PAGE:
Everything on the MW600 is laid out and functions exactly how you’d expect it to, except for the volume controls. They’re located on the top side of the adapter, and what might look like a standard + and – rocker switch is actually a touch sensitive strip you slide your finger across. It certainly works, and you can either adjust the volume by sliding your finger over the strip again and again, or by sliding it and then holding your finger in place which keeps the adjustment going.
But to be perfectly honest the touch sensitive strip unfortunately comes across as more of a gimmick than a useful feature. Like I mentioned before I tend to hold the MW600 in my hand when listening to music and I’ve found that the volume gets accidentally adjusted more often than not when I absentmindedly touch the strip. I wouldn’t necessarily call it a deal breaker though, since it does make adjusting the volume with one hand a lot easier, particularly if the adapter is clipped to something, but I can’t say I’m its biggest fan.
My beef with the volume slider aside, I know that the MW600 technically doesn’t let you cut the cord altogether since you still have to use a wired pair of headphones with it. But it does work great if you’re using a smartphone as an audio source and would prefer to keep it stashed away in your pocket or in a bag. For that purpose it just simply works as you’d expect it to. It’s got the bare minimum of functionality that such a device would need which I think is a good thing because it helps keep the battery life maxed out as much as possible.
Sound quality is of course the same as you’d get with any audio device relying on an A2DP Bluetooth connection, which for the most part is as good as a direct headphone connection I’ve found. While I’m sure someone out there would find something to nitpick about when it came to sound quality, I think even the above-average consumer probably won’t be able to discern any difference. Or at the least they’d be willing to accept a bit of compromise in the sound quality department when you factor in the added convenience of a mostly wireless connection to their Bluetooth devices.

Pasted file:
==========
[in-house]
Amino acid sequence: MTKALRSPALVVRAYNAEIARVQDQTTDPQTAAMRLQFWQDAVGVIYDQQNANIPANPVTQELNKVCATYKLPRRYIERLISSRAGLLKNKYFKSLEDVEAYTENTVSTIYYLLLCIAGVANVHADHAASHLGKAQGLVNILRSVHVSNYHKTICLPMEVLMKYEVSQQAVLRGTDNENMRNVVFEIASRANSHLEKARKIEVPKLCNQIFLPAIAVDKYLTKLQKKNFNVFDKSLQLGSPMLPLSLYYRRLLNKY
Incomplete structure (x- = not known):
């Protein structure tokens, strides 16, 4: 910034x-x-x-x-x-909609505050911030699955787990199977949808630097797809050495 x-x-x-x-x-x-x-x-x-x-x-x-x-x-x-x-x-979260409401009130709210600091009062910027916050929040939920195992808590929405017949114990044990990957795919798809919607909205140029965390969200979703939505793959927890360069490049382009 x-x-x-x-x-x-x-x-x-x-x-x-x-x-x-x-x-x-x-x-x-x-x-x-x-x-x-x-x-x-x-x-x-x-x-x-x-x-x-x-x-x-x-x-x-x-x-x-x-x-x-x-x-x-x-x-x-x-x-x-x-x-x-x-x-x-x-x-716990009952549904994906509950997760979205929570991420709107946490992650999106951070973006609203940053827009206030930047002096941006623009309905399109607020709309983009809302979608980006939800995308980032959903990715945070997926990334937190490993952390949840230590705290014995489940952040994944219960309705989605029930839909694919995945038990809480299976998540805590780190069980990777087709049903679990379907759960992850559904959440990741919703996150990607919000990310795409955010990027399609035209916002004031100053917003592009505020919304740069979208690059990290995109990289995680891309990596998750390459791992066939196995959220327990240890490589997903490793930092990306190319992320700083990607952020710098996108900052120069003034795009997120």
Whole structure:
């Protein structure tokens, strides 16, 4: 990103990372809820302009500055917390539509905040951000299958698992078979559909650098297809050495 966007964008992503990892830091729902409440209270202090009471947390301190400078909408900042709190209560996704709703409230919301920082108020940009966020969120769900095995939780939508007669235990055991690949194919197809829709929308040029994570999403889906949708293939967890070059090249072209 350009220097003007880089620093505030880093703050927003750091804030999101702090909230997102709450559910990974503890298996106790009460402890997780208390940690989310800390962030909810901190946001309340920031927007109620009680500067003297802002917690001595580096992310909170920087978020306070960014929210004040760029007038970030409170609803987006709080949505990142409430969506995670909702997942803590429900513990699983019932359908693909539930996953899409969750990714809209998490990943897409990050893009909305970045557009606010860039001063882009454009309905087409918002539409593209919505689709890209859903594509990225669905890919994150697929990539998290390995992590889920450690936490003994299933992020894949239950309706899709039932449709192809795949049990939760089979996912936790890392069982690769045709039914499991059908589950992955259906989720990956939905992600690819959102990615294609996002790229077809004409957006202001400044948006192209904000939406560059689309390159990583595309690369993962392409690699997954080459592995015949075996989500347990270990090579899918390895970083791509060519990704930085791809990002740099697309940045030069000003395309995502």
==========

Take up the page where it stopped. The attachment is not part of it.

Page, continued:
+ A better alternative to a wireless set of Bluetooth headphones since it allows you to swap in different pairs as desired.
+ Decent battery life when listening to music (~8.5 hours) given its size.
+ Light and compact.
+ Easy to connect and pair to A2DP Bluetooth devices and supports connectivity to multiple devices at once.
+ Includes something called an ‘FM radio’.
+ Includes a built-in mic and talk button for taking and placing calls.
– I’m not a huge fan of that touch-sensitive volume strip.
– Would have preferred a miniUSB charging port instead of microUSB.
– Reflective finish on the display makes it difficult to see outside in sunlight.
– Listening to music over an A2DP connection will diminish your smartphone’s battery life even further.
– Yet another device that has to be charged every couple of days with heavy use.
Sony Ericsson MW600 Hi-Fi Wireless Headset – $59.99
If you have any questions about the SE MW600 Wireless Headset you’d like answered, please feel free to leave them in the comments, and I’ll try to respond to them as best I can.
*Disclosure: This review unit has been provided by Sony Ericsson free of charge, but the opinions expressed in this review are my own.